As the U.S. House of Representatives prepares to move forward on Wednesday with a vote to formally accuse President Donald Trump of inciting violence against the U.S. government, a small but growing number of Republicans have announced they support this effort.
The vote will take place exactly one week after the invasion of the U.S. Capitol by an angry mob of loyalists to Trump. Not a single Republican voted for the impeachment of the president in 2019, but Republican leaders in the House have said this time around they will not formally lobby or guide supporters against the impeachment vote.
It is the Republicans who intend to vote for impeachment.
Congressman John Katko
Katko of New York was the first Republican to publicly announce that he would support impeachment proceedings. A former federal prosecutor, he said he looked at the facts of the Capitol invasion, which began when parliamentarians were in session to certify the election results.
“It is impossible to ignore that President Trump encouraged this insurgency – on social media, before January 6, and in his speech that day,” Katko said in a statement.
“By intentionally promoting unsubstantiated theories suggesting that the election was somehow rigged, the President has created a fiery environment of disinformation, disenfranchisement and division. When all of this manifested in the form of violent acts, he immediately and convincingly refused to call for an end to the violent action. So it put countless lives at risk.
Failure to hold him accountable would constitute “a direct threat to the future of our democracy,” Katko says.
Ms. Liz Cheney
Cheney, of Wyoming, is the third highest ranking Republican leader in the House. She said Tuesday evening (12) that she would vote for impeachment, citing the role played by the president in an insurgency which “has caused death and destruction in the most sacred space of our Republic”.
“The president called this crowd, gathered the crowd and lit the flame for this attack,” he said in a statement. “All that followed was his job. None of this would have happened without the president. He could have intervened immediately and strongly to end the violence. That was not the case. There has never been such a betrayal of a president under his responsibility and the oath of allegiance to the Constitution.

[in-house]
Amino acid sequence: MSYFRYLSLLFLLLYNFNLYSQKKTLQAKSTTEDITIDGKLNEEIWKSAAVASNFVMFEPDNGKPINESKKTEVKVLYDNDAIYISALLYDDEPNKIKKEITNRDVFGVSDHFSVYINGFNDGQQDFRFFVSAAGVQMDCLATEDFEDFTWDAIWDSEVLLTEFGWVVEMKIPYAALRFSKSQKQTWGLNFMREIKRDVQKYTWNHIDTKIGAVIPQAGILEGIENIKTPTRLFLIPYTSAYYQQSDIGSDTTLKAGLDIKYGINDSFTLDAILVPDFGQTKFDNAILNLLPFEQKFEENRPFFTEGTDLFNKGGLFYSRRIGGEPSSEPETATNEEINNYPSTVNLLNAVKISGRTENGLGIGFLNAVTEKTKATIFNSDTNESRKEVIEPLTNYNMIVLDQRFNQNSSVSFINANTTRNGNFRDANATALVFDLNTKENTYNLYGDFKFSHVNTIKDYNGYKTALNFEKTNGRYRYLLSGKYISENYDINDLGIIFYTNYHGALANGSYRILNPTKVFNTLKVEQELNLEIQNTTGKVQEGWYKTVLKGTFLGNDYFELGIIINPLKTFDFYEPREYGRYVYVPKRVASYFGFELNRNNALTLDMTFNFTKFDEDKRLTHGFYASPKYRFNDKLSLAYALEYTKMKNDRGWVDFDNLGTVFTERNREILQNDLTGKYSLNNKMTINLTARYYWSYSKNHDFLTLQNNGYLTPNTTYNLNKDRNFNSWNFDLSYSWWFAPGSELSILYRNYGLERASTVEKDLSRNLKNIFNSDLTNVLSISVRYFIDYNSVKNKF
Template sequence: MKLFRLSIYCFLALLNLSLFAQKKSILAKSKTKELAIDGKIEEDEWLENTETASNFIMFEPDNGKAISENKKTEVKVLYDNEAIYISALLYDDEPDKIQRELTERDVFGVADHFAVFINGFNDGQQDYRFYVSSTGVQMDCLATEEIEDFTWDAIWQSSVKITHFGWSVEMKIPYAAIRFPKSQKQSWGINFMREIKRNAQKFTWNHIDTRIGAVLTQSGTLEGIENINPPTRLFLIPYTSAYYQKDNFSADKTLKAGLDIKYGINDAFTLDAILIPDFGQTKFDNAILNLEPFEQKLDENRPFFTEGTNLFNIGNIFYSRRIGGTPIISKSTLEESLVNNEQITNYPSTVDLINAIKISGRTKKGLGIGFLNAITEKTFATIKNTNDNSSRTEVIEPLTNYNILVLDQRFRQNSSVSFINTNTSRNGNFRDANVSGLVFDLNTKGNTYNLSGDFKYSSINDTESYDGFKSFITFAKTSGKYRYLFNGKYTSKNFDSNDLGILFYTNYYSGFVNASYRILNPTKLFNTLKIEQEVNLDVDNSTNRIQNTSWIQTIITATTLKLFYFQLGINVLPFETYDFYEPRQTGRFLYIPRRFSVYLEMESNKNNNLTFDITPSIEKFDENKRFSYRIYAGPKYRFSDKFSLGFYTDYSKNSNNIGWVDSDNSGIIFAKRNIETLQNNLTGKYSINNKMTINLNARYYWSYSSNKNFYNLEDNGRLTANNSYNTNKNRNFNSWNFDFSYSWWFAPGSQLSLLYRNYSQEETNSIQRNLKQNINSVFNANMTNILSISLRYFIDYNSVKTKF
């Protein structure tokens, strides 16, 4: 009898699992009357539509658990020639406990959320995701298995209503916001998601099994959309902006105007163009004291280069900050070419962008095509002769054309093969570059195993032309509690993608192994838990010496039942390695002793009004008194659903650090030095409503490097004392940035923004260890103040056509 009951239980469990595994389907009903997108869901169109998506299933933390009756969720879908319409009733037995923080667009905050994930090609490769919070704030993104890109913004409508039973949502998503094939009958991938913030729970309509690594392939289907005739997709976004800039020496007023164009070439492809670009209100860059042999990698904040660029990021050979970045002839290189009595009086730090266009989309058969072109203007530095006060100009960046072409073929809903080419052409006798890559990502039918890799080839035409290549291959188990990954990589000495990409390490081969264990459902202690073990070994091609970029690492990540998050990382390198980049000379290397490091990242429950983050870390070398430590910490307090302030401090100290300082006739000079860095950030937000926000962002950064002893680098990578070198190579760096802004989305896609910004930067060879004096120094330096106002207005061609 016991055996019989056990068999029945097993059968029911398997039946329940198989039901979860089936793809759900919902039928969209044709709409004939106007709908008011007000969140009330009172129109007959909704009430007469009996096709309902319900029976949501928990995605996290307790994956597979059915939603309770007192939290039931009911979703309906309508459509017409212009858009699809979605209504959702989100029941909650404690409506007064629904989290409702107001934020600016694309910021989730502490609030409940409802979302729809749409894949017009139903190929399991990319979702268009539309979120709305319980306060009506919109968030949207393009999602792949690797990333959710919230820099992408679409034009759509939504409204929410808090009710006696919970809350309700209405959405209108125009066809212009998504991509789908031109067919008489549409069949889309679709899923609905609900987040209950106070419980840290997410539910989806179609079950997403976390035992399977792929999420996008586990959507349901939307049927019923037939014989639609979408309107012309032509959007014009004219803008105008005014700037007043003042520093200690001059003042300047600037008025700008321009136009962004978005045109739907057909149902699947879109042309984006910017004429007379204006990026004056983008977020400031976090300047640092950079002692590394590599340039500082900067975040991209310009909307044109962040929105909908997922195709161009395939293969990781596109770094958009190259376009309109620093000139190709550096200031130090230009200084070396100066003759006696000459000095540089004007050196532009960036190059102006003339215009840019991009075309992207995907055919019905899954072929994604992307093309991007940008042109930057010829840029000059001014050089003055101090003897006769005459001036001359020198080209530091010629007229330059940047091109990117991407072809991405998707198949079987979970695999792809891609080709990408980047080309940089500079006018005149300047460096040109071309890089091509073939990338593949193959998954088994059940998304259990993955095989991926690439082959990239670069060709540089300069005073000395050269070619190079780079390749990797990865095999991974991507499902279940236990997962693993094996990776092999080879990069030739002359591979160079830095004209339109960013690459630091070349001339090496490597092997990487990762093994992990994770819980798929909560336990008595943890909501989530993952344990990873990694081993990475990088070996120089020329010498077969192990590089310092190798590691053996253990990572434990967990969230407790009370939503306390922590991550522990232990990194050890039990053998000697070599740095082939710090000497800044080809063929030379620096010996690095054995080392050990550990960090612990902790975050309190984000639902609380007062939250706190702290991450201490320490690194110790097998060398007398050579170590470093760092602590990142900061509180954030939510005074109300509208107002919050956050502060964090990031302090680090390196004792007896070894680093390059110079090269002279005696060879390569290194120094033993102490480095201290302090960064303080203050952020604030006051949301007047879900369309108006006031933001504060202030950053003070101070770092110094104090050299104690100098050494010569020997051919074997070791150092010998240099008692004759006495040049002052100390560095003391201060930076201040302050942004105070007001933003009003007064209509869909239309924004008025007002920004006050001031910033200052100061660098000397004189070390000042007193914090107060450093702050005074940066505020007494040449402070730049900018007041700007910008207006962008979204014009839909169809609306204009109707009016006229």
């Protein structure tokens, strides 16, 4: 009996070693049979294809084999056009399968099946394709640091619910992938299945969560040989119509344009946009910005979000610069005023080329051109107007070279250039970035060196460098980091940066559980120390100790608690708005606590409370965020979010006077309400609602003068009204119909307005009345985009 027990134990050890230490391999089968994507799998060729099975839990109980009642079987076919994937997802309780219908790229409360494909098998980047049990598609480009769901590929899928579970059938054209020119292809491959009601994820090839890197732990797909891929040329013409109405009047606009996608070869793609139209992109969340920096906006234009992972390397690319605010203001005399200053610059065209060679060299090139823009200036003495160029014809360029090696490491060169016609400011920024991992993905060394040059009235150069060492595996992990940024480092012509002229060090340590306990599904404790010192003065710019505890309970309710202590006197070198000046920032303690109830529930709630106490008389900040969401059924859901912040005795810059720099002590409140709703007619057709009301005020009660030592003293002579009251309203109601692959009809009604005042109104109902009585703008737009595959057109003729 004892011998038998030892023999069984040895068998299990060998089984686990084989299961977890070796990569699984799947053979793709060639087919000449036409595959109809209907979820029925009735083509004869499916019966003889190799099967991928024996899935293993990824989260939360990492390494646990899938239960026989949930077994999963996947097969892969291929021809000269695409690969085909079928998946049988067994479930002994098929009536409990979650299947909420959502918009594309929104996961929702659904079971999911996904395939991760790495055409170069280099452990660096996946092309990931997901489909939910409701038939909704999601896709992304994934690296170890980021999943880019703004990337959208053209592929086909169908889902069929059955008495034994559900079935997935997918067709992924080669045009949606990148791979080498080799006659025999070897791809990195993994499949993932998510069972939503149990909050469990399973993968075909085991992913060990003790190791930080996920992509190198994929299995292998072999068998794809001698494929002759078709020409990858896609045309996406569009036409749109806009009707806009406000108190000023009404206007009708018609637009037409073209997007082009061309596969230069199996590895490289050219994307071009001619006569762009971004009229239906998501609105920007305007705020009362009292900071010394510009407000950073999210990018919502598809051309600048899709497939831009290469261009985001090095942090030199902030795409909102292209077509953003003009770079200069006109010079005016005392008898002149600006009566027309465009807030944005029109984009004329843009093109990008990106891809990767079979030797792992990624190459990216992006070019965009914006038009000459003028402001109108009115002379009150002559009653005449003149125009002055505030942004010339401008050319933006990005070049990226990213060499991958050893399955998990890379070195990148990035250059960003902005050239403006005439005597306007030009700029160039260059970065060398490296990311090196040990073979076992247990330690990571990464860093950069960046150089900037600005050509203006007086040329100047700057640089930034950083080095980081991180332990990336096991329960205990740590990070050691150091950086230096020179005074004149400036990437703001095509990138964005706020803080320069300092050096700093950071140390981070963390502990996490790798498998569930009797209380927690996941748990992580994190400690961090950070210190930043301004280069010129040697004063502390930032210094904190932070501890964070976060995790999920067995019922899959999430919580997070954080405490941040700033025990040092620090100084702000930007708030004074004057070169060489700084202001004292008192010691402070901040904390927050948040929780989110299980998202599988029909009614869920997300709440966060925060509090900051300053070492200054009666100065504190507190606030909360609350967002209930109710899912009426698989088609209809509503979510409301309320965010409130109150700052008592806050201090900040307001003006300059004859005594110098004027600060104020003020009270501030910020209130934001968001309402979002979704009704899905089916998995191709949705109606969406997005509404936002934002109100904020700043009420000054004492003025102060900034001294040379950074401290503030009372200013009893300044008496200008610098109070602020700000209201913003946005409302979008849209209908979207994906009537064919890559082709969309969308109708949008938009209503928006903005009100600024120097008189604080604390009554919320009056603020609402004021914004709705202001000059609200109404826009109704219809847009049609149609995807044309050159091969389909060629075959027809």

Congressman Adam Kinzinger
Trump’s frequent critic, Illinois State Kinzinger joined his Republican counterparts on Tuesday night, saying the country was sailing in uncharted waters. He said Trump “enlisted an angry mob to invade Capitol Hill to prevent the electoral vote count.”
“For me, there is no doubt that the President of the United States violated the oath he took when he took office and incited this insurgency,” he said in a statement, adding that “if the president’s actions do not merit indictment, would an offense justify an indictment?”
Mr. Fred Upton
Upton of Michigan released a statement saying he decided to vote for impeachment after Trump “expressed no remorse” for what happened on Capitol Hill. “Formal, bipartisan censorship was better than a protracted impeachment process,” Upton said. “I’m afraid this process is now interfering with legislative work and the new Biden administration. But it is time to say “enough”. “
Deputy Jaime Herrera Beutler
Herrera Beutler, from Washington state, said he would vote to impeach Trump because he believes the president violated his oath of office with his actions. “I understand the argument that the best thing to do would be not to inflame the country further or alienate Republican voters,” she said.
“But I am a Republican voter. I believe in our Constitution, in individual freedom, in the free market, in charity, in life, in justice, in peace and in this exceptional country. I think my party will be better served when those of us who are in it choose the truth. “